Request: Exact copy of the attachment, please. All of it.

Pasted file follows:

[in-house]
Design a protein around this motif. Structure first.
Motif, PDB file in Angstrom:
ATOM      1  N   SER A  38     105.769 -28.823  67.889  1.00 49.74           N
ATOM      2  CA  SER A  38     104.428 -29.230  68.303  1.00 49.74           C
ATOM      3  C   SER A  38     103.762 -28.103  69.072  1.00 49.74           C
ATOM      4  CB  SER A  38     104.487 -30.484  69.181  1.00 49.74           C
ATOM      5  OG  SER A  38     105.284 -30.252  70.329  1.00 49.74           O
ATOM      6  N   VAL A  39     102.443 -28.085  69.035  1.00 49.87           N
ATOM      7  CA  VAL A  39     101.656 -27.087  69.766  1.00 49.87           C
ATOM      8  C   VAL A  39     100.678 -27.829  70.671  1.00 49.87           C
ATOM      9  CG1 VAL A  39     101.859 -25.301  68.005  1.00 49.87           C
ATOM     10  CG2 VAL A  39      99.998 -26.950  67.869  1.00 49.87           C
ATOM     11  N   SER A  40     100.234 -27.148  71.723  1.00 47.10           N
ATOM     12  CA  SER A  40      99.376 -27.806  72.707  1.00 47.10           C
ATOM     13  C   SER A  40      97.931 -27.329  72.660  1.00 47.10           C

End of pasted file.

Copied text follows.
[in-house]
Design a protein around this motif. Structure first.
Motif, PDB file in Angstrom:
ATOM      1  N   SER A  38     105.769 -28.823  67.889  1.00 49.74           N
ATOM      2  CA  SER A  38     104.428 -29.230  68.303  1.00 49.74           C
ATOM      3  C   SER A  38     103.762 -28.103  69.072  1.00 49.74           C
ATOM      4  CB  SER A  38     104.487 -30.484  69.181  1.00 49.74           C
ATOM      5  OG  SER A  38     105.284 -30.252  70.329  1.00 49.74           O
ATOM      6  N   VAL A  39     102.443 -28.085  69.035  1.00 49.87           N
ATOM      7  CA  VAL A  39     101.656 -27.087  69.766  1.00 49.87           C
ATOM      8  C   VAL A  39     100.678 -27.829  70.671  1.00 49.87           C
ATOM      9  CG1 VAL A  39     101.859 -25.301  68.005  1.00 49.87           C
ATOM     10  CG2 VAL A  39      99.998 -26.950  67.869  1.00 49.87           C
ATOM     11  N   SER A  40     100.234 -27.148  71.723  1.00 47.10           N
ATOM     12  CA  SER A  40      99.376 -27.806  72.707  1.00 47.10           C
ATOM     13  C   SER A  40      97.931 -27.329  72.660  1.00 47.10           C